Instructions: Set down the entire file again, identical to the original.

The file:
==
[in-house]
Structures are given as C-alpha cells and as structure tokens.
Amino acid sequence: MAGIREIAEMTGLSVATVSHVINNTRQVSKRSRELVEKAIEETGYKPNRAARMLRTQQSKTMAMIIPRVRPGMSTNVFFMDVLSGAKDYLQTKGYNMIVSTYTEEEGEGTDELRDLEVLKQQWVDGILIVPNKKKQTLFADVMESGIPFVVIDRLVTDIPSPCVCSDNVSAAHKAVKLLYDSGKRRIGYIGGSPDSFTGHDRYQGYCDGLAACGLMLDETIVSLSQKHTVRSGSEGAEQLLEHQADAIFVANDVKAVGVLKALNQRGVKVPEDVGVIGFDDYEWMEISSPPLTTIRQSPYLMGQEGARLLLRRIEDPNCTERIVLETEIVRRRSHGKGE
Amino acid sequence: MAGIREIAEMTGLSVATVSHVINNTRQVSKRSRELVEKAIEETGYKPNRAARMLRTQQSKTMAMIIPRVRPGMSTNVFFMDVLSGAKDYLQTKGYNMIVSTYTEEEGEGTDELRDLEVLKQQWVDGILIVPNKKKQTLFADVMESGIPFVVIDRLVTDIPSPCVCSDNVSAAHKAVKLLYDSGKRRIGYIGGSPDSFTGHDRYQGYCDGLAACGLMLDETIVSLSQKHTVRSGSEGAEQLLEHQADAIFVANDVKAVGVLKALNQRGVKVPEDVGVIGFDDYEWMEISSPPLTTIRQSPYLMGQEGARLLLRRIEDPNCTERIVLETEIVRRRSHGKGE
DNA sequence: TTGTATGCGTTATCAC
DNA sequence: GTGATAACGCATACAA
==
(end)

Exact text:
[in-house]
Structures are given as C-alpha cells and as structure tokens.
Amino acid sequence: MAGIREIAEMTGLSVATVSHVINNTRQVSKRSRELVEKAIEETGYKPNRAARMLRTQQSKTMAMIIPRVRPGMSTNVFFMDVLSGAKDYLQTKGYNMIVSTYTEEEGEGTDELRDLEVLKQQWVDGILIVPNKKKQTLFADVMESGIPFVVIDRLVTDIPSPCVCSDNVSAAHKAVKLLYDSGKRRIGYIGGSPDSFTGHDRYQGYCDGLAACGLMLDETIVSLSQKHTVRSGSEGAEQLLEHQADAIFVANDVKAVGVLKALNQRGVKVPEDVGVIGFDDYEWMEISSPPLTTIRQSPYLMGQEGARLLLRRIEDPNCTERIVLETEIVRRRSHGKGE
Amino acid sequence: MAGIREIAEMTGLSVATVSHVINNTRQVSKRSRELVEKAIEETGYKPNRAARMLRTQQSKTMAMIIPRVRPGMSTNVFFMDVLSGAKDYLQTKGYNMIVSTYTEEEGEGTDELRDLEVLKQQWVDGILIVPNKKKQTLFADVMESGIPFVVIDRLVTDIPSPCVCSDNVSAAHKAVKLLYDSGKRRIGYIGGSPDSFTGHDRYQGYCDGLAACGLMLDETIVSLSQKHTVRSGSEGAEQLLEHQADAIFVANDVKAVGVLKALNQRGVKVPEDVGVIGFDDYEWMEISSPPLTTIRQSPYLMGQEGARLLLRRIEDPNCTERIVLETEIVRRRSHGKGE
DNA sequence: TTGTATGCGTTATCAC
DNA sequence: GTGATAACGCATACAA